Yellen: 'Catastrophic economic consequences' if debt ceiling not raised by Oct. 18
28th September 2021

The United States Congress has a deadline on paying its bills: October 18, 2021.

Secretary of the Treasury Janet Yellen said that if Congress does not raise the debt ceiling, the Treasury will run out of emergency funds to pay U.S. debt holders by that date.

“Failing to increase the debt limit would have catastrophic economic consequences,” Yellen told the Senate Banking Committee on Tuesday.

In August, a statutory limit on federal debt — called the debt ceiling — was reinstated, despite the need to continue financing pandemic-era spending authorized by both the Trump and Biden administrations.

[Read: What is the debt ceiling?]

With payments due on U.S. Treasury securities (which the Treasury issues to finance the government), the Treasury resorted to its cash reserves and “extraordinary measures” to pay the bills. Once those emergency tools are exhausted, the Treasury says it will fail to make its payments, risking an outright default.

Yellen told the Senate Banking Committee that default could disrupt the market for U.S. Treasuries, seen as one of the most liquid markets in the world.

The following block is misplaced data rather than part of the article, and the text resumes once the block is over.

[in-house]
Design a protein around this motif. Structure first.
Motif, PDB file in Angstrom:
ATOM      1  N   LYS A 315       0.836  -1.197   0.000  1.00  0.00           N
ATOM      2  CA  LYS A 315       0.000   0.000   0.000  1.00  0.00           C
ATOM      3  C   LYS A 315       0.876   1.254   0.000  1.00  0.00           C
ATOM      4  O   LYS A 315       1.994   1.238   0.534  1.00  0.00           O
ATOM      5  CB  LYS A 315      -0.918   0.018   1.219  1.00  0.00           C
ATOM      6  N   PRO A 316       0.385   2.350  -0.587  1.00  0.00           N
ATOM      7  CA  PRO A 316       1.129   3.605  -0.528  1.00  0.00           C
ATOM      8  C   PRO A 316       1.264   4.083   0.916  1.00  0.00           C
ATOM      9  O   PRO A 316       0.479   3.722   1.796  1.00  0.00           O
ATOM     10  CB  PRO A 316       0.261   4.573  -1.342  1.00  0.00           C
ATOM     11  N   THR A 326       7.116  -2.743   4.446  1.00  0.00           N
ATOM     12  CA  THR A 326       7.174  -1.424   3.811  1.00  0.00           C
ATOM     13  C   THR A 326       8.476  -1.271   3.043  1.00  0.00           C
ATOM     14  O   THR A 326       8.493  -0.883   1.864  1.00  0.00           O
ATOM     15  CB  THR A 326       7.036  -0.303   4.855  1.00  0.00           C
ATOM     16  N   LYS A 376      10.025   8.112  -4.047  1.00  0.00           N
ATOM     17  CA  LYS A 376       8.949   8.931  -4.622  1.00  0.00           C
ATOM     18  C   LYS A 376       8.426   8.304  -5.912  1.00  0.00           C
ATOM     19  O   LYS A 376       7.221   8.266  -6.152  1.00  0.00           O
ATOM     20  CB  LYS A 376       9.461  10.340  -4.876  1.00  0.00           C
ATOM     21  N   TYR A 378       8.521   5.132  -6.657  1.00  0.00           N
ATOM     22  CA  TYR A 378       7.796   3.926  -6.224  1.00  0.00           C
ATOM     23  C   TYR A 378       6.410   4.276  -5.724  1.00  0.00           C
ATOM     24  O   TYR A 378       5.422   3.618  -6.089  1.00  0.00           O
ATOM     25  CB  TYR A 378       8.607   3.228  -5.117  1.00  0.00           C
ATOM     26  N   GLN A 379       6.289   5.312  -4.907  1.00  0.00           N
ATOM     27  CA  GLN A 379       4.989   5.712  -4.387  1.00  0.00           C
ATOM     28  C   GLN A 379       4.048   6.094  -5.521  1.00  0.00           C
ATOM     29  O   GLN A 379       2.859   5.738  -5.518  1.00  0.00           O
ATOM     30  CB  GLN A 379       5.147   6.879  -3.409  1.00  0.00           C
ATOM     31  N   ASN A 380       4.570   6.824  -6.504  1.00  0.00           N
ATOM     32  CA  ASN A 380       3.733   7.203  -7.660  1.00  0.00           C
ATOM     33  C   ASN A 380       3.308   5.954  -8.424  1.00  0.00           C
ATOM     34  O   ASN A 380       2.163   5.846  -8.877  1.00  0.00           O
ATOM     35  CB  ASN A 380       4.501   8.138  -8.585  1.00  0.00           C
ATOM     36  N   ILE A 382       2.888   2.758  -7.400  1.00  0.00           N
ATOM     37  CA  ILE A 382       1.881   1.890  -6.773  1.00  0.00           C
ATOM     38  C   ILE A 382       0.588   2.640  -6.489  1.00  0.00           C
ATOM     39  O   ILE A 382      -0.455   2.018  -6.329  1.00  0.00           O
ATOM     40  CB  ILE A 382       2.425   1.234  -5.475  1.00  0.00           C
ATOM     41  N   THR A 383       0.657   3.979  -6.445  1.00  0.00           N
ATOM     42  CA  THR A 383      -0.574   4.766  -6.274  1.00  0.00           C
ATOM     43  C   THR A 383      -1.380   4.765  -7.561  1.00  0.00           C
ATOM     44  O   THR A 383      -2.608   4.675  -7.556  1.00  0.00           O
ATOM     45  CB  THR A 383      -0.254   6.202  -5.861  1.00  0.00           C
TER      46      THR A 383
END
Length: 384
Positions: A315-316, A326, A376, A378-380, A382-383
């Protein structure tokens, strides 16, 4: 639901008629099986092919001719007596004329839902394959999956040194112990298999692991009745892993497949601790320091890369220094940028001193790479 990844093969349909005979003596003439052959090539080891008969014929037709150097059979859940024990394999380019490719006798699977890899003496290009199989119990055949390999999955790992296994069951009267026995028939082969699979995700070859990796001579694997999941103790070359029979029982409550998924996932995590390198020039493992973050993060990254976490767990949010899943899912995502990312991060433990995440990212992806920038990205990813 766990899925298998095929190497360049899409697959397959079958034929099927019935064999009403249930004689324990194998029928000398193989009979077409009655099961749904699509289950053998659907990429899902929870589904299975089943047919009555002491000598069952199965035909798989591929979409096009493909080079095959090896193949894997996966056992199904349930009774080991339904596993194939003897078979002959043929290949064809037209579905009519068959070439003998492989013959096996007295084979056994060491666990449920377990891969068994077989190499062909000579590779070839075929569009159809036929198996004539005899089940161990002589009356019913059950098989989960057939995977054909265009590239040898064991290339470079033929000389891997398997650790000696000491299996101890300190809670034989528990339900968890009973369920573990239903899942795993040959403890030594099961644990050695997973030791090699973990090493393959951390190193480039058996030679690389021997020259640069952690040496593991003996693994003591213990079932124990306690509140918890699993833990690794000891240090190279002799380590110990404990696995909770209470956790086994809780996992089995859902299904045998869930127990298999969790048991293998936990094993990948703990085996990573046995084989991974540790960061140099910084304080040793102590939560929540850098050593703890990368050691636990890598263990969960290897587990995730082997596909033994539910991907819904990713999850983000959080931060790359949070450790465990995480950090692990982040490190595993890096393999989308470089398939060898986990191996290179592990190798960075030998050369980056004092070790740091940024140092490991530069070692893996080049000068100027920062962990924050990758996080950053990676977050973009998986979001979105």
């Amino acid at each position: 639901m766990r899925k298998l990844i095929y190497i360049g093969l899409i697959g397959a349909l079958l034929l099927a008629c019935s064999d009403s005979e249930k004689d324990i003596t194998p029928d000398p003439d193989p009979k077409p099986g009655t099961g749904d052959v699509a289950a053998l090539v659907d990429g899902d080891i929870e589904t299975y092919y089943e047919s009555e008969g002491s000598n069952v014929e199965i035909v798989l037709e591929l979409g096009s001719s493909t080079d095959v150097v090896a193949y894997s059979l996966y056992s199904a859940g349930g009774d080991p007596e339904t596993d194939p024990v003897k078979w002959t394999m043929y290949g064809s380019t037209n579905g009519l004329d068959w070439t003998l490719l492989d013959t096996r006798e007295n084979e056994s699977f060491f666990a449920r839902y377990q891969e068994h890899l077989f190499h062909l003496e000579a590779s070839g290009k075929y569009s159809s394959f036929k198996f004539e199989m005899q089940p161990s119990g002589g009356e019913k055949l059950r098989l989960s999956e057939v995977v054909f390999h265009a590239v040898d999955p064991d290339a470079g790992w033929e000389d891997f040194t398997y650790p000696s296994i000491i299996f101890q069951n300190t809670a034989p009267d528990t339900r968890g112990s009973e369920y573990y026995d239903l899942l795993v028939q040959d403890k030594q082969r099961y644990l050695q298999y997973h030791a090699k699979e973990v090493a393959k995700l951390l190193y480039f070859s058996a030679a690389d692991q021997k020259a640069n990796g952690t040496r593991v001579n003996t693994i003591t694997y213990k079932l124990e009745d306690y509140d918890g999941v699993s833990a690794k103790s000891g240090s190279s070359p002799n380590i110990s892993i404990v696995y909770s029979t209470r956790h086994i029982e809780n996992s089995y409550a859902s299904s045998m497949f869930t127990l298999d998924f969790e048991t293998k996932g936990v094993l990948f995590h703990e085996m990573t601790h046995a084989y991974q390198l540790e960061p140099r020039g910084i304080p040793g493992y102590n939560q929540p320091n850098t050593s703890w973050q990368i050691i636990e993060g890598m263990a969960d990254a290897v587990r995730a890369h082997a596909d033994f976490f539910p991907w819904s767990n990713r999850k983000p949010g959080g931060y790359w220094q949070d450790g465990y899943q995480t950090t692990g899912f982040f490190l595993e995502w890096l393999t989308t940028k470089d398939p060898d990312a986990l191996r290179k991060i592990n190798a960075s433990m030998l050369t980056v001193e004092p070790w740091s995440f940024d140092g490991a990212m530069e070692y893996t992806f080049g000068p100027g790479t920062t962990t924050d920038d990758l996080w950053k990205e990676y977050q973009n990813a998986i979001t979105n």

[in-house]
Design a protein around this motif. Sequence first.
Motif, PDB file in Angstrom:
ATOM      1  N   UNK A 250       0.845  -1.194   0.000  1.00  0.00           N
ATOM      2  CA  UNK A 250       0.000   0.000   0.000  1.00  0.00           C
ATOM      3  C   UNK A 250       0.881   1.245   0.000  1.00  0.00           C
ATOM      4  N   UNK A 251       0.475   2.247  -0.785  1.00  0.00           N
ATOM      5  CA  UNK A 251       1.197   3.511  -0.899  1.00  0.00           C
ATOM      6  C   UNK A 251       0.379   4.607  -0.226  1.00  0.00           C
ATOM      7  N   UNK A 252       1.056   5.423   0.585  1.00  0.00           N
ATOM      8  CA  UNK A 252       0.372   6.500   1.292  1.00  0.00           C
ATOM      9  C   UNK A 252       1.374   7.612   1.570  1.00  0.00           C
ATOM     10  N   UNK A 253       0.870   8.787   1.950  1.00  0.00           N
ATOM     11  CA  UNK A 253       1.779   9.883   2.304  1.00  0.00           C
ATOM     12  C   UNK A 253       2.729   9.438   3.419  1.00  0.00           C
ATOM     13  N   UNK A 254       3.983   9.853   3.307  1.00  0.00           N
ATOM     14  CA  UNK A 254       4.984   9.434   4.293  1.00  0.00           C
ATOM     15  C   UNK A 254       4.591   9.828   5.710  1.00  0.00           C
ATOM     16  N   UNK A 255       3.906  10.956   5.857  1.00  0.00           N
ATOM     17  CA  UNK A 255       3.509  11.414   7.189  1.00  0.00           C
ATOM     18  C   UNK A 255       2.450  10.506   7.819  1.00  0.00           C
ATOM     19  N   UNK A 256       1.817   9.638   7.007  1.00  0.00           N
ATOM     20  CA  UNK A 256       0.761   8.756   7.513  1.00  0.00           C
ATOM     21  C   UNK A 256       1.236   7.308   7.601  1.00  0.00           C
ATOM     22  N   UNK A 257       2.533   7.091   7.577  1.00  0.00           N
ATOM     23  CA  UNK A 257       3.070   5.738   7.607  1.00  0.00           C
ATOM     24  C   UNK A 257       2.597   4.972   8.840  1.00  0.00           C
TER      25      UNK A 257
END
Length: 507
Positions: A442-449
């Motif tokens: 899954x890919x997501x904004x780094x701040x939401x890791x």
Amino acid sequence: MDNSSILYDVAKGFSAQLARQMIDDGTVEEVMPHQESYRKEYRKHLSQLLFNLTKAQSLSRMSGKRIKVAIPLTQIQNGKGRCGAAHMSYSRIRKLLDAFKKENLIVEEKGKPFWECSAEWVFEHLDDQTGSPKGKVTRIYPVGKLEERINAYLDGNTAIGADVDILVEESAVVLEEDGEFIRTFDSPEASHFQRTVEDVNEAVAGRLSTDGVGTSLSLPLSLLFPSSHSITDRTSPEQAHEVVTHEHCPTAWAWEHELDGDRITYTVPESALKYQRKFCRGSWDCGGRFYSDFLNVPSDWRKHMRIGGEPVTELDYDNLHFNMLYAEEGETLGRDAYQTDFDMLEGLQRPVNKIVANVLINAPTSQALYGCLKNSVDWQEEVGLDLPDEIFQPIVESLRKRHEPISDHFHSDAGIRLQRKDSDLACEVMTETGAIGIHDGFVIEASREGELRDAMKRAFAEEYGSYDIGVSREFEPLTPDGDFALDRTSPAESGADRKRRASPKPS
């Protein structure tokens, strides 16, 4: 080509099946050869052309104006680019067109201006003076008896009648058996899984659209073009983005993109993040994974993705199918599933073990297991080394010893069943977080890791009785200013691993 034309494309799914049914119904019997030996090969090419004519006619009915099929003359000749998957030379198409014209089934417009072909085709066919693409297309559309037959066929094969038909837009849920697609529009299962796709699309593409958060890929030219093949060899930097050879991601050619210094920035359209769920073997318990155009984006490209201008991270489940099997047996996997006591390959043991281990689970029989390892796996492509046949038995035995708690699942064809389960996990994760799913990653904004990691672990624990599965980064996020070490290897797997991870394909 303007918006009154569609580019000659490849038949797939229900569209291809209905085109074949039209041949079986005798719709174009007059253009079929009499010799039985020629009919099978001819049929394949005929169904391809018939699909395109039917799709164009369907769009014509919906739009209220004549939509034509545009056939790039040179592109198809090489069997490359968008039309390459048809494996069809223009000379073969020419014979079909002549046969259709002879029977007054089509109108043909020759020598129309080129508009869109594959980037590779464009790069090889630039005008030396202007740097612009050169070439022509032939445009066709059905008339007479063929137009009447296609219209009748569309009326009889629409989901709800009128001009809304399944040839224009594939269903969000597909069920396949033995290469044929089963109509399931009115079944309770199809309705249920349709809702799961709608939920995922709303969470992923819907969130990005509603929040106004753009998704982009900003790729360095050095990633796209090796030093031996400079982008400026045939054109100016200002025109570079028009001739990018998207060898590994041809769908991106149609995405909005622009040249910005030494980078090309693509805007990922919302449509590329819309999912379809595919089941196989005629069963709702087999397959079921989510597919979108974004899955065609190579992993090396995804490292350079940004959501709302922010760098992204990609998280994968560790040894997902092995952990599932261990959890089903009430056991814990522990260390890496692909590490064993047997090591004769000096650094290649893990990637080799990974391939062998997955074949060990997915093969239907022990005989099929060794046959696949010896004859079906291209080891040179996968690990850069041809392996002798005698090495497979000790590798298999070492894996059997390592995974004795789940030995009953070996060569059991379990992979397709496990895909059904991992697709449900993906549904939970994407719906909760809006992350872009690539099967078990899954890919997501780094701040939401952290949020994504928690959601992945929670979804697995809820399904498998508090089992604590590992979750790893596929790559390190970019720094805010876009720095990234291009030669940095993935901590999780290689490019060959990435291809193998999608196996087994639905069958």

“It would be a financial crisis and a calamity,” Yellen said.

Yellen detailed the Treasury’s estimates of an Oct. 18 date in a letter to U.S. House of Representatives Speaker Nancy Pelosi, which explained that variability in the government’s cash flows could make that date too early or too late. She urged Congress to move quickly on raising the debt limit.

Meanwhile, Senate Majority Leader Chuck Schumer started forming plans to lower the vote threshold for a vote on the debt limit. Senate rules typically require 60 votes to support such a measure, but Schumer hopes to lower that to a simple majority — which would make it easier for the Democrats to jam a vote through, given the 50-50 balance in the chamber.

Yellen appeared in front of the Senate Banking Committee alongside Fed Chairman Jerome Powell, who agreed that a government default would be disastrous.

“The potential effects could be severe,” Powell said Tuesday.

Brian Cheung is a reporter covering the Fed, economics, and banking for Yahoo Finance. You can follow him on Twitter @bcheungz.

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